The number of SEP's required by an online application is dependent on the workload. On a Mainframe System this would typically be measured in Millions of Instructions per Second (MIP's). In a Windows, UNIX or Linux (LUW) environment MIP's are not used as a measurement of workload. Workload is proportional to the frequency with which user requests arrive, and the required speed of the response to the requests. Also, the number of SEP's to be configured is dependent on the number of cores available, the number of concurrent users and the characteristics of the transactions.

The Shared Memory Pages is the number of shared pages in memory to be reserved for all the processes that run in the Directory Server. Each page is 4 KB long.

The Shared Memory Cushion is the number of 4KB pages that should be reserved from the shared memory pages to allow the server to continue processing when the shared memory allocation is too small for the operational requirements of the server.

Note:  Refer to the Micro Focus documentation for determining the number of Shared Memory Pages and the Shared Memory Cushion

Table of Contents Previous Section Next Section XA Options

The following will provide the details for defining/configuring the XA resources use by the application server. This provides support for compiling and executing application programs that contain EXEC SQL statements.

Link to Internet   Link to Server   Explore how to Define the XA Resources for SQL Access for a user-defined Server Instance that will run under Micro Focus Enterprise Server and allow access to an SQL Data Base.

Table of Contents Previous Section Next Section Transaction Processing Options

The following will provide the details for defining/configuring the resources used by an application server for On-Line Transaction Processing (OLTP). This provides support for compiling and executing application programs that contain EXEC CICS statements.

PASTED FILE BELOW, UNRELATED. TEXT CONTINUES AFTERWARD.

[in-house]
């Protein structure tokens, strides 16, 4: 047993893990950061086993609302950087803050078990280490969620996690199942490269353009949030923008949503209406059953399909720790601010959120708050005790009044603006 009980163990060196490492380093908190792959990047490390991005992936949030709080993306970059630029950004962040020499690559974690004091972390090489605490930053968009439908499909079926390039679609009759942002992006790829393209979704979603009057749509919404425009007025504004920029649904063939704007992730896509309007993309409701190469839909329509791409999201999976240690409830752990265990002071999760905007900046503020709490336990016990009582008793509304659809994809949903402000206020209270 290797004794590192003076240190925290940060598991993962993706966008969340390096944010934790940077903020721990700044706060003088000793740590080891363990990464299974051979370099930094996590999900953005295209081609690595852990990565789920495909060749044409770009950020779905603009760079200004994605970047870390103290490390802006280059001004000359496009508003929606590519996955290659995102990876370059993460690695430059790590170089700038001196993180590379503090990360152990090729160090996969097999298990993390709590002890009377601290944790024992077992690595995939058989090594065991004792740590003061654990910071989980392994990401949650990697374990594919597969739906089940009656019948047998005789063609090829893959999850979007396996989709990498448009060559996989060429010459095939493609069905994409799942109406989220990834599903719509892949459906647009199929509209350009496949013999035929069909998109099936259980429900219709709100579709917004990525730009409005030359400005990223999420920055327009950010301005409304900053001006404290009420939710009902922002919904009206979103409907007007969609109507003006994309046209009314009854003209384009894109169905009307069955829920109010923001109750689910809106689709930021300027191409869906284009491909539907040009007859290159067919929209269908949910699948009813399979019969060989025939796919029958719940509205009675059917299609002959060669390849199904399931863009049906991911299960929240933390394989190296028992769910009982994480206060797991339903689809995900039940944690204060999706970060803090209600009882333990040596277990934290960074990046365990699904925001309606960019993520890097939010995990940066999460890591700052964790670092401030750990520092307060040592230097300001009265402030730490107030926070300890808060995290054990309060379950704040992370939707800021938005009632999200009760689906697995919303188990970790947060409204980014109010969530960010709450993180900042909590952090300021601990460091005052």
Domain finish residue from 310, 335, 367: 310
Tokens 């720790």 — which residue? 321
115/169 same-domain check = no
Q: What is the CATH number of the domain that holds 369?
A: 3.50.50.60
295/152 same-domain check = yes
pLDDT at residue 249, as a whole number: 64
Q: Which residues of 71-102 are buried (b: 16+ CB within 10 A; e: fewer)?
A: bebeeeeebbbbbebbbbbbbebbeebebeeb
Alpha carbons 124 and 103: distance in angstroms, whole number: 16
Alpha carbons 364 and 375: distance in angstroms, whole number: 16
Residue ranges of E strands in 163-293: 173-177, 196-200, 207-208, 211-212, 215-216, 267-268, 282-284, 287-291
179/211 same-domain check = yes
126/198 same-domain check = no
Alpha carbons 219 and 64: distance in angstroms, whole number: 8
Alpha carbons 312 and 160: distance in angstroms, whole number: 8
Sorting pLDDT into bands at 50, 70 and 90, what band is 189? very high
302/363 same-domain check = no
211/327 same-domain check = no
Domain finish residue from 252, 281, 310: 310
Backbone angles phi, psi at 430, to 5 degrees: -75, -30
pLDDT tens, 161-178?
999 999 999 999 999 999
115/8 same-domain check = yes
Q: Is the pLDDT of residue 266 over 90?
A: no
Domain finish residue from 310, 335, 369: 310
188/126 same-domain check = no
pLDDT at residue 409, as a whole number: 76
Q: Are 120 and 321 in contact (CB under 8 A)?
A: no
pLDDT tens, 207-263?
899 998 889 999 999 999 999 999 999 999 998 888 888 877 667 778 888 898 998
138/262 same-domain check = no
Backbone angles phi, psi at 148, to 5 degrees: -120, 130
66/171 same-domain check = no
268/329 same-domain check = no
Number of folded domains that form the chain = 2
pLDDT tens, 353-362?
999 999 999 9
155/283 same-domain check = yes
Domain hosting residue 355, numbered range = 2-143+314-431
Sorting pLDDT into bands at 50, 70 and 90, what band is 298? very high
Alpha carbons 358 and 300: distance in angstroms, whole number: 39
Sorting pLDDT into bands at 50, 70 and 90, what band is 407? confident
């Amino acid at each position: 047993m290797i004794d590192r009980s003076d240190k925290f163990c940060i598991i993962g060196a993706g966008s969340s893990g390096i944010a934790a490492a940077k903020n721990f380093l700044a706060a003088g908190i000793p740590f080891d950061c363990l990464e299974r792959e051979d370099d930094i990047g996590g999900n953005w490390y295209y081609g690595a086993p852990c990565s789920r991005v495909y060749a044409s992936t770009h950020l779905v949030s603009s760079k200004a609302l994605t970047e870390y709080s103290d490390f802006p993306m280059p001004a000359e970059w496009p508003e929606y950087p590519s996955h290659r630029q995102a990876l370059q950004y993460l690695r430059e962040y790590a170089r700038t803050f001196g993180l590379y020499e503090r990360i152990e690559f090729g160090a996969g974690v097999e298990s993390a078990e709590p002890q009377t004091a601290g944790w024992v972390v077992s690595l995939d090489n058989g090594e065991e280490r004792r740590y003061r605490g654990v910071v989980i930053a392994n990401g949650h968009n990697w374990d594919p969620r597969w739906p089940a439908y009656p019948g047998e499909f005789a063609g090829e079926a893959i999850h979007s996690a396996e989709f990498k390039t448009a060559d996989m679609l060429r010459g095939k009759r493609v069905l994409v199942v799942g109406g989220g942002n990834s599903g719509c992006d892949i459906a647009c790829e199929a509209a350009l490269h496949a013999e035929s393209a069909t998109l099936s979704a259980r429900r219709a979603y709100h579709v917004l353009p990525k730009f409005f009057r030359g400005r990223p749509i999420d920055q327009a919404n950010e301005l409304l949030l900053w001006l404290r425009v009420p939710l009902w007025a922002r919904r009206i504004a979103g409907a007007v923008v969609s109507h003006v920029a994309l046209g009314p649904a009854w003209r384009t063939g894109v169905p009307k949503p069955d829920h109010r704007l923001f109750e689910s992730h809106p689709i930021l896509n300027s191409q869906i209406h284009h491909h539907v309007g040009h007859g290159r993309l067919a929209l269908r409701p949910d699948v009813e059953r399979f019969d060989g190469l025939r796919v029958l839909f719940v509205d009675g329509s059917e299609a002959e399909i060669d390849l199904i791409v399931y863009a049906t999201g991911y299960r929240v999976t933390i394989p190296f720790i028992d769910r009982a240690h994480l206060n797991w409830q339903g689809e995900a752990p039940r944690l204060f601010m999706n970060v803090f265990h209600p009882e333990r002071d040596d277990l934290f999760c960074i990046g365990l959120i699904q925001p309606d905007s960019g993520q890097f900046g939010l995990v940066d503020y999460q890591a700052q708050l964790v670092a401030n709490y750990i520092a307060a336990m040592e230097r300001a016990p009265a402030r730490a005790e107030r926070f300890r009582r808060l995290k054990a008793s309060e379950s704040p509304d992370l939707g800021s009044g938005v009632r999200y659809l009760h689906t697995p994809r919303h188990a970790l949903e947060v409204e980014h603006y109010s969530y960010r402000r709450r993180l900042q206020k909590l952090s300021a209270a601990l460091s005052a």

Link to Internet   Link to Server   Explore how to Configure an Online Region (or Server Instance) that will run under Micro Focus Enterprise Server and execute CICS Transactions.

Table of Contents Previous Section Next Section Batch Processing Options

The following will provide the details for defining/configuring the resources use by an application server for executing batch programs by submitting JCL Members for processing. This provides support for job initiators, JES Spooling and a Catalog for managing non-relational data structures and VSAM Data Sets.

Link to Internet   Link to Server   Explore how to Configure a Batch JES sub-system (or Server Instance) that will run under Micro Focus Enterprise Server and execute batch jobs using JCL.

Table of Contents Previous Section Next Section Third Party Technologies

Micro Focus and various third-party vendors provide a variety of integration and support options. The first thing to validate is the availability of the third-party technology on the Operating System of preference.

Table of Contents Previous Section Next Section Application

The characteristics of the application (Batch Processing, Transaction Processing or both) are the significant factors that will need to be understood when doing performance tuning. If the daytime hours are dedicated to running a Transaction Server (Online) and the late-night, early-morning hours are dedicated to a batch processing application then each may be tuned (or configured) to leverage the system resources to their advantage.

However, in recent years a batch processing window of time has been shrinking or has been eliminated. The Transaction Server needs to be available 24x7 in order to meet business requirements.

In this new environment Relational Data Base Management Systems (RDBMS's) have improved the capabilities of sharing data between batch processing cycles and transaction processing environments. The batch processing may need to be scheduled when the Transaction (or online) Server is in a minimal use period of time.

If non-relational data files and/or VSAM Data Sets are used by the application then certain files and/or VSAM Data Sets may be taken offline for a few minutes of time while other files or data sets may be shared with a batch processing application. during this period. Some online functions may not be available but critical business function will stay online with a possible reduction in performance. This window of time and possible reduction in performance will need to be kept to a minimum. The batch processing will need to be scheduled when the Transaction (or online) Server is in a minimal use period of time.